Friday, June 29, 2018

Mac or BSD

The eternal question:  Which is better - EMACS or Vi?
OK, this post is actually about the other eternal question!
As I use Linux, Mac, Open and Free BSD, I think I can answer objectively:
Both OpenBSD and FreeBSD are reasonably easy to download and install and run on pretty much anything. At least, I have not found a server/desktop/laptop computer that it would not run on.  I even ran OpenBSD on a Sparc Station - remember those?

OpenBSD

Theo De Raadt has a 'cut the nonsense' mentality so OpenBSD is simpler, with a smaller repository of programs, about 30,000 packages. However, with a little effort, you can install FreeBSD software on OpenBSD to get the rest. After a few days of use, you will know how.

FreeBSD

FreeBSD can also with some effort, run Linux programs and you can use a virtualizer to run other systems, so you are never locked into one thing.
In general, OpenBSD feels a lot like Slackware Linux: Simple and very fast.

MacOS

Compared to OpenBSD, Dragonfly and Slackware, some distributions look fancy and are very slow - there are many reasons why. MacOS obviously falls into the fancy and slow category. So if you want a Mac replacement then you first need to decide whether you want a fancy or a fast system.
My preference is to install a reasonably fast system on the host, then use a virtualizer for experiments and work and I frequently run multiple systems at the same time.  All the BSDs are good for that, be it Open, Free or Mac.
My home use system is a Macbook Pro running the latest MacOS with the Macports and Homebrew software repositories.  I even have the XFCE desktop installed, so when I get annoyed with the overbearing Mac GUI, I run XFCE, to get a weirdly satisfying Linux-Mac hybrid.


Linux

Linux is the step child of UNIX, which took over the world.  Of the Top 500 Super Computers, all now run Linux.  My work system is an ancient Dell T420 running the latest Fedora Linux on the host.  All my machines have Virtualbox and a zoo of virtual machines for the rest.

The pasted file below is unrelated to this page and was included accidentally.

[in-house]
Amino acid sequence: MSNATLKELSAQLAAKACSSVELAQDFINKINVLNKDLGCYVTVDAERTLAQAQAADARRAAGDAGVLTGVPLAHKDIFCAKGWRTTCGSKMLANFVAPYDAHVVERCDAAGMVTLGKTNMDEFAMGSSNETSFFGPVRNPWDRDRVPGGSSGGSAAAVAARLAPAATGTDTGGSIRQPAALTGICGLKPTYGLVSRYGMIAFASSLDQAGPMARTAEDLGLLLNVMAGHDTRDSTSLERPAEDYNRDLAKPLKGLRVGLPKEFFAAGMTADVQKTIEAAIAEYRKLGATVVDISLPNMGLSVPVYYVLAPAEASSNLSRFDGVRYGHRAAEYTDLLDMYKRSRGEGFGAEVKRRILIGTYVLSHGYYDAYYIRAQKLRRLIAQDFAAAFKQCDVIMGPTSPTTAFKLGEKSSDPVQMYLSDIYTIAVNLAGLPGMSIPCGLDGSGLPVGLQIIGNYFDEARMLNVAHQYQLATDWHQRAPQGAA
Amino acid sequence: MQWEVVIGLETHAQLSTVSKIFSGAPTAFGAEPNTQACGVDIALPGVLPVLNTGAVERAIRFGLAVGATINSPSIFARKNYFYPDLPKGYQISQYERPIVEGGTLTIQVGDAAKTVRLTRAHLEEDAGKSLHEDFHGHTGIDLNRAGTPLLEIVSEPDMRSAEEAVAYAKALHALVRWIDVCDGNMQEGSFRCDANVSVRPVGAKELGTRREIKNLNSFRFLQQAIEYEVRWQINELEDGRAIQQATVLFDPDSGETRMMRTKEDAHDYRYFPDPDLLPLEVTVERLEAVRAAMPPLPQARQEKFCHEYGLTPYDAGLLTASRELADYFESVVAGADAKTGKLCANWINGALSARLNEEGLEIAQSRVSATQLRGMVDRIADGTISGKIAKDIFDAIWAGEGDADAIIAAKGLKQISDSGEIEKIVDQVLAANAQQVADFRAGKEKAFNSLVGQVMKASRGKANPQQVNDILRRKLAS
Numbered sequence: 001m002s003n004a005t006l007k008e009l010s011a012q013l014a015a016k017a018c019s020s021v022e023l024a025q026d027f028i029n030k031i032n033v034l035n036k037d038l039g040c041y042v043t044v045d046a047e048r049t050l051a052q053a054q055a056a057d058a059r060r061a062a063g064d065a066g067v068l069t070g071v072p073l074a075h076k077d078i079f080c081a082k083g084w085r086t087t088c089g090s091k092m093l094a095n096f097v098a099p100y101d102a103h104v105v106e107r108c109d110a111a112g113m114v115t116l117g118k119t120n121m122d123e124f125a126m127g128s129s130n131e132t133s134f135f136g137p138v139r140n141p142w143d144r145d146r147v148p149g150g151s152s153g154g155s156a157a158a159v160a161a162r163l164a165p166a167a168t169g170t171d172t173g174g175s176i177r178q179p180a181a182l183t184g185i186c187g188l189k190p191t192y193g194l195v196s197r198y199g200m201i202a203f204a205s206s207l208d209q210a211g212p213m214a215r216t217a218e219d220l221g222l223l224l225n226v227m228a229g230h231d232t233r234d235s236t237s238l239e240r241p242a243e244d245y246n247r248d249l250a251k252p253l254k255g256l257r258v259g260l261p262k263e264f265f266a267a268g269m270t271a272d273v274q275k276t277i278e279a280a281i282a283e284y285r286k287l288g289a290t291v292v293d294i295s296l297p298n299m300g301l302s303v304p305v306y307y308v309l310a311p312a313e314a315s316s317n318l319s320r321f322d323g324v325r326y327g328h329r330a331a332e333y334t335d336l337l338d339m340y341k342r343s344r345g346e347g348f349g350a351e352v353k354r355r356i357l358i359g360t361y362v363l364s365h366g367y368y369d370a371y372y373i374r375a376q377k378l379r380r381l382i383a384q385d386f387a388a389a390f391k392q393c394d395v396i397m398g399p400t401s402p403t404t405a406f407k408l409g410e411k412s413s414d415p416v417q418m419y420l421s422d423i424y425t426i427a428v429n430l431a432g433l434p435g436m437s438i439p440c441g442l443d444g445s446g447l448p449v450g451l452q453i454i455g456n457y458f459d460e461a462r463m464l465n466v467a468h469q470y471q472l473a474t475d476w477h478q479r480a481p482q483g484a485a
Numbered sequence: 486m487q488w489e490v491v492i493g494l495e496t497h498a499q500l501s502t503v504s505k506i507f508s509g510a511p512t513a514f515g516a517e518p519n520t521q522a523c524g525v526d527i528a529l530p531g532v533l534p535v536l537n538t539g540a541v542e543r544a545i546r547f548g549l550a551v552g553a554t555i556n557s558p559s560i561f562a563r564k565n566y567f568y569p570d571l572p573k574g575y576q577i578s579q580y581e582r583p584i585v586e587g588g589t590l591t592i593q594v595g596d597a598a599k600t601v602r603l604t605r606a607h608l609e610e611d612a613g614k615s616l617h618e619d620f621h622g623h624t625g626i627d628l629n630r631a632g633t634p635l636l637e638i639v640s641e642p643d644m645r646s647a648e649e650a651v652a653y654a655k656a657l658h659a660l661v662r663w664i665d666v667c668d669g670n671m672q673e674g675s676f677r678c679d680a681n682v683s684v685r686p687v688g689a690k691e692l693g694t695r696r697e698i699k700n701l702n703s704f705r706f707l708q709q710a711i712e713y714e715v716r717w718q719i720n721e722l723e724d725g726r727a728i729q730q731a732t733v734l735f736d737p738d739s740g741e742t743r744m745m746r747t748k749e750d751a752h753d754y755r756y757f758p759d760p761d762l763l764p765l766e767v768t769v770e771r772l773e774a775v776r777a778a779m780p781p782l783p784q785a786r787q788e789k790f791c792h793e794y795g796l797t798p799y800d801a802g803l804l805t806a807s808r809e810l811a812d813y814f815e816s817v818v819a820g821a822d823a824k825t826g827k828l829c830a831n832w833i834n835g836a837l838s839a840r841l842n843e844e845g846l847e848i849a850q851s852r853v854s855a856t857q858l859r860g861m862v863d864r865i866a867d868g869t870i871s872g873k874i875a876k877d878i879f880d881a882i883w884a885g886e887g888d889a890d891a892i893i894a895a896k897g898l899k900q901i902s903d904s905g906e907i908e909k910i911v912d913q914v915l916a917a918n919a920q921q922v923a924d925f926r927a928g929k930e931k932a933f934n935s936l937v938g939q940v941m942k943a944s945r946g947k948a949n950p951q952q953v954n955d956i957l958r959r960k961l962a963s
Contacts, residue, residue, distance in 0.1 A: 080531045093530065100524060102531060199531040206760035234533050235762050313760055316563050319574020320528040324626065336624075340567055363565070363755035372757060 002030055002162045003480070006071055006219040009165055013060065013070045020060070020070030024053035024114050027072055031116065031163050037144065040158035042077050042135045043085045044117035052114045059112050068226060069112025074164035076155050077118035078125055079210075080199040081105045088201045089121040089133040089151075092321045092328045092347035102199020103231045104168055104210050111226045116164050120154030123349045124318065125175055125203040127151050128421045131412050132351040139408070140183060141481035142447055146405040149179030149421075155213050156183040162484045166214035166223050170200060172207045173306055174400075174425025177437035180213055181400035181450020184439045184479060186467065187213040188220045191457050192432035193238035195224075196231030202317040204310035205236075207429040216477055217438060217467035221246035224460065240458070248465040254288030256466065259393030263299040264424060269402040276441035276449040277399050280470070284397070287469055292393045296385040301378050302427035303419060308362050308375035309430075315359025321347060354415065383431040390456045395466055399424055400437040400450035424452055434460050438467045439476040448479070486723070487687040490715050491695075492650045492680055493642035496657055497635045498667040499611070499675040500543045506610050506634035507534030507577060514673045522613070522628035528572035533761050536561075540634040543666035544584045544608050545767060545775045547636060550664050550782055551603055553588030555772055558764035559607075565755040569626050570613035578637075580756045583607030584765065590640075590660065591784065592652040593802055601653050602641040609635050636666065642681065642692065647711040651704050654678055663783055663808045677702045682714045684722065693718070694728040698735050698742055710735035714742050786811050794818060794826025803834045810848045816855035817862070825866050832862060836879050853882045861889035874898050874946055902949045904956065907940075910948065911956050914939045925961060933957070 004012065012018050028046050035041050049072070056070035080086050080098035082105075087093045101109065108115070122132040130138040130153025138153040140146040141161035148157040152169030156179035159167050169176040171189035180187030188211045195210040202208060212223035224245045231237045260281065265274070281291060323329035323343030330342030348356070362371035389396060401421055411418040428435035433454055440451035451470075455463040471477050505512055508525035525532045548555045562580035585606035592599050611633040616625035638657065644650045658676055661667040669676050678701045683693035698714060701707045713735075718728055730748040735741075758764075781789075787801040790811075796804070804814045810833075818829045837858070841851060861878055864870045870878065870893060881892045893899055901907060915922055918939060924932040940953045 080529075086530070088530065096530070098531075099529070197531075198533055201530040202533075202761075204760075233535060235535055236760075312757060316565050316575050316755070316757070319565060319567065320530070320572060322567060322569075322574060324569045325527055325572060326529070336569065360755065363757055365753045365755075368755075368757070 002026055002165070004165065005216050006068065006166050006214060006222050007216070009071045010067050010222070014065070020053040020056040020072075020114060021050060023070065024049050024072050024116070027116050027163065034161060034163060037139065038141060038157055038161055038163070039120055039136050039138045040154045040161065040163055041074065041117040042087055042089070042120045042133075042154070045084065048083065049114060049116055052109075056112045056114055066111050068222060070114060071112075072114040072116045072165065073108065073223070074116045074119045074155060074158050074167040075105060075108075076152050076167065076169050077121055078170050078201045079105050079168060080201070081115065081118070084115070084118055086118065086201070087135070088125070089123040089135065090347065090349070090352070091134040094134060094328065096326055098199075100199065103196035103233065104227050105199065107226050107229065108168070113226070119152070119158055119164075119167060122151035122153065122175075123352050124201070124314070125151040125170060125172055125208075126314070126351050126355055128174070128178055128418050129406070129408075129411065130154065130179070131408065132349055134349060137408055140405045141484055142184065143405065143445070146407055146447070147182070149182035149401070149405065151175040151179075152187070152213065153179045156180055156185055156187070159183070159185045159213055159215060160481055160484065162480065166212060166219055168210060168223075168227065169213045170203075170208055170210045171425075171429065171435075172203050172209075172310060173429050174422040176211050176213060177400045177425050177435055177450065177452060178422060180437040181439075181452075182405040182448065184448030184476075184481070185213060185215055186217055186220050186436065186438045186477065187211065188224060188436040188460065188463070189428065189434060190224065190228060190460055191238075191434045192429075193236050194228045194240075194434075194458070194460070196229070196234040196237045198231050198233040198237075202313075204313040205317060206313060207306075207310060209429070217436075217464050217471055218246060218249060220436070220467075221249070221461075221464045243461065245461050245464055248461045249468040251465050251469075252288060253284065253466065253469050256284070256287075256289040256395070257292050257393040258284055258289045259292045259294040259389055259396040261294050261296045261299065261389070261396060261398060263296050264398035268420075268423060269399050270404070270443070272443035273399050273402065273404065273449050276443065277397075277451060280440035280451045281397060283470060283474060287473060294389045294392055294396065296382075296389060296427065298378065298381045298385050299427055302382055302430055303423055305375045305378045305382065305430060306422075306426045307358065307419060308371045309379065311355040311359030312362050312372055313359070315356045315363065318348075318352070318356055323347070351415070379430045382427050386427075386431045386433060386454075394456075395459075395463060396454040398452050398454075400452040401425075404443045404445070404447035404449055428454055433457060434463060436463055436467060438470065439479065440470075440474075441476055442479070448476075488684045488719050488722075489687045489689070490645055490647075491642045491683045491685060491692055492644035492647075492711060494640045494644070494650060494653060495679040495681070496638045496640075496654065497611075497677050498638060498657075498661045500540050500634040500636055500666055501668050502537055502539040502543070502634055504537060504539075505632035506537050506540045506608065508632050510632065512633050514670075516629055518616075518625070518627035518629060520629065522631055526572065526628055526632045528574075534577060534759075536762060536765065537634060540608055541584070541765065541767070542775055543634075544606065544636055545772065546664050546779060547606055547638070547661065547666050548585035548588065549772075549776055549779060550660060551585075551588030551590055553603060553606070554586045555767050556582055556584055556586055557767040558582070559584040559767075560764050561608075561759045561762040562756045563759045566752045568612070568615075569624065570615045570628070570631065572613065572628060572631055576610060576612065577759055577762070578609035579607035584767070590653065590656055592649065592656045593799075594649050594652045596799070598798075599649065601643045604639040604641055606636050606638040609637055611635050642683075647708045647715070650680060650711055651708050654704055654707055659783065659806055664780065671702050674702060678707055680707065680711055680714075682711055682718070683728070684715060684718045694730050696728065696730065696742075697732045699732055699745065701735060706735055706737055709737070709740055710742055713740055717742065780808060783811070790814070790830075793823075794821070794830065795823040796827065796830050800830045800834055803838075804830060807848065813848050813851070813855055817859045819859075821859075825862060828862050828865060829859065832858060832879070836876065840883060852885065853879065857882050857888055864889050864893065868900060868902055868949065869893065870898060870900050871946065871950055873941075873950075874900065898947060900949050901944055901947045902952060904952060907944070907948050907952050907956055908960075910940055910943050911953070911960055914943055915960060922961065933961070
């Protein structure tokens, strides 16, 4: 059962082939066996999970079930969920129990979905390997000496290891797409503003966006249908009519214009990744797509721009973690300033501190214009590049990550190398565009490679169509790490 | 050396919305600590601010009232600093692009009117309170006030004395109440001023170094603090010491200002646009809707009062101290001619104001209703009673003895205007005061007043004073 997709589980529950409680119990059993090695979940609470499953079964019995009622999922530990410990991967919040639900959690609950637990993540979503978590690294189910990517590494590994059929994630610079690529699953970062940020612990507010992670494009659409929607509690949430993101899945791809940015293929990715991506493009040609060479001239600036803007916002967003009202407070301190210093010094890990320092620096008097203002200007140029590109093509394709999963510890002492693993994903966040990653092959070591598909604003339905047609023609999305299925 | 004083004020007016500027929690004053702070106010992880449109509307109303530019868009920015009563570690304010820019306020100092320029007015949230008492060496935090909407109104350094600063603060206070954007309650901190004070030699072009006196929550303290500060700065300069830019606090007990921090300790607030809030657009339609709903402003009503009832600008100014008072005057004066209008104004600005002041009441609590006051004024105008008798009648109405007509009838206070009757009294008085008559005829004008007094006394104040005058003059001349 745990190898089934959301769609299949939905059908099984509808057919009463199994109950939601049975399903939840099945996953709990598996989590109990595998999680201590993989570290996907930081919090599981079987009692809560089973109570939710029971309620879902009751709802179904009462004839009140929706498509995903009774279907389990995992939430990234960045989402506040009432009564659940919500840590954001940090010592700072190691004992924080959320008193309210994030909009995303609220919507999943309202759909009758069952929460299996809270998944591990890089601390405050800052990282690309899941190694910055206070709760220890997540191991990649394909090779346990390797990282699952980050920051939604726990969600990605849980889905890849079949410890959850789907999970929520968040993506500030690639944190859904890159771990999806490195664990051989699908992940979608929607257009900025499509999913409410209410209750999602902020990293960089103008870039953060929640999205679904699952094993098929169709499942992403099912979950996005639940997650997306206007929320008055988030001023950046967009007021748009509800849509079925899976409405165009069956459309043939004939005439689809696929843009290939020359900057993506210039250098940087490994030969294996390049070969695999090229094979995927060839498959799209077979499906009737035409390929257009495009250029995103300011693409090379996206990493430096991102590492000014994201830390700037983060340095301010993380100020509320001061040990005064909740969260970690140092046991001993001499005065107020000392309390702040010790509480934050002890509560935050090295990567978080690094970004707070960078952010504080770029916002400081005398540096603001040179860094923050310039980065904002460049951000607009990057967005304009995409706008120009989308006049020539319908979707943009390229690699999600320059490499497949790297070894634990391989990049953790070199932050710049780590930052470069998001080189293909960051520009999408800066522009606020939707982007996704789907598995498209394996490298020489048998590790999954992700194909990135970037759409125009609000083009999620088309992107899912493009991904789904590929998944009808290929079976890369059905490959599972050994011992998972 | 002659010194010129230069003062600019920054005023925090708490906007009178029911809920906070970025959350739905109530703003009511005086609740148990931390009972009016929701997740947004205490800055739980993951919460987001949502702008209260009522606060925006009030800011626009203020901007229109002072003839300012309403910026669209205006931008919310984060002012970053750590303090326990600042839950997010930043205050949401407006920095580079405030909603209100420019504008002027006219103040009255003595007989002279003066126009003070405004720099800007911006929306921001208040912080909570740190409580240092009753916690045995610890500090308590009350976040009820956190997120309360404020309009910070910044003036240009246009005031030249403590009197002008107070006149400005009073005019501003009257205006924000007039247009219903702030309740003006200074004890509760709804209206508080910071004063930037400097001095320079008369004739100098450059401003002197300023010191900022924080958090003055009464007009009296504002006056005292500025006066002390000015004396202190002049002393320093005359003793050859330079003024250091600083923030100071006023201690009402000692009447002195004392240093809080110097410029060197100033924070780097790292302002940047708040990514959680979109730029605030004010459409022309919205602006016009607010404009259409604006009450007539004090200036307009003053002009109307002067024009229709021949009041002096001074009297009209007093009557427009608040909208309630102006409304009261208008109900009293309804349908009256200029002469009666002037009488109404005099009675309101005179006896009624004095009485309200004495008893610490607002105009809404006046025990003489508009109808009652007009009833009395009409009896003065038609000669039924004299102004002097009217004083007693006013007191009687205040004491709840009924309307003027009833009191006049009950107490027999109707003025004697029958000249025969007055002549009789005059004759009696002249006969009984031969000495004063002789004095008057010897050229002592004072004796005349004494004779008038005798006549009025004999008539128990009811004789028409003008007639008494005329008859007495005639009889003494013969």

Note that the Mandatory Access Control security systems on Red Hat and Debian distributions slow them down a lot (in the order of 50%).  If you have to have a fast and responsive system and can afford to trade it for security, then turn SELinux or AppArmor off.

Latency

For the control and remote sensing systems of robots, aircraft and rockets, the worst case OS latency matters very much.  For low latency, nothing beats Linux, since the whole kernel and all spinlocks are pre-emptible.

On average, all OS's have the same interrupt service latency - a few tens of nanoseconds.  However, every once in a while, the latency will be much worse.  In the case of Linux, the worst case will be below 1 ms, but for Win10, it can can be 20 ms and for Win7, 800 ms.  The trouble in robotics and remote sensing, is that you need to design for the worst case.

I have observed a dotNet video player on Windows 7, after a couple days of uptime, stop dead for two seconds, every 8 seconds - obviously not good for a remote sensing application.  Windows 10 latency is much improved, though still a little worse than MacOS, which has 2 orders of magnitude worse latency than Linux.

See this analysis: https://ennerf.github.io/2016/09/20/A-Practical-Look-at-Latency-in-Robotics-The-Importance-of-Metrics-and-Operating-Systems.html

The answer? It depends on what exactly you need to do with your system...
:)
Herman

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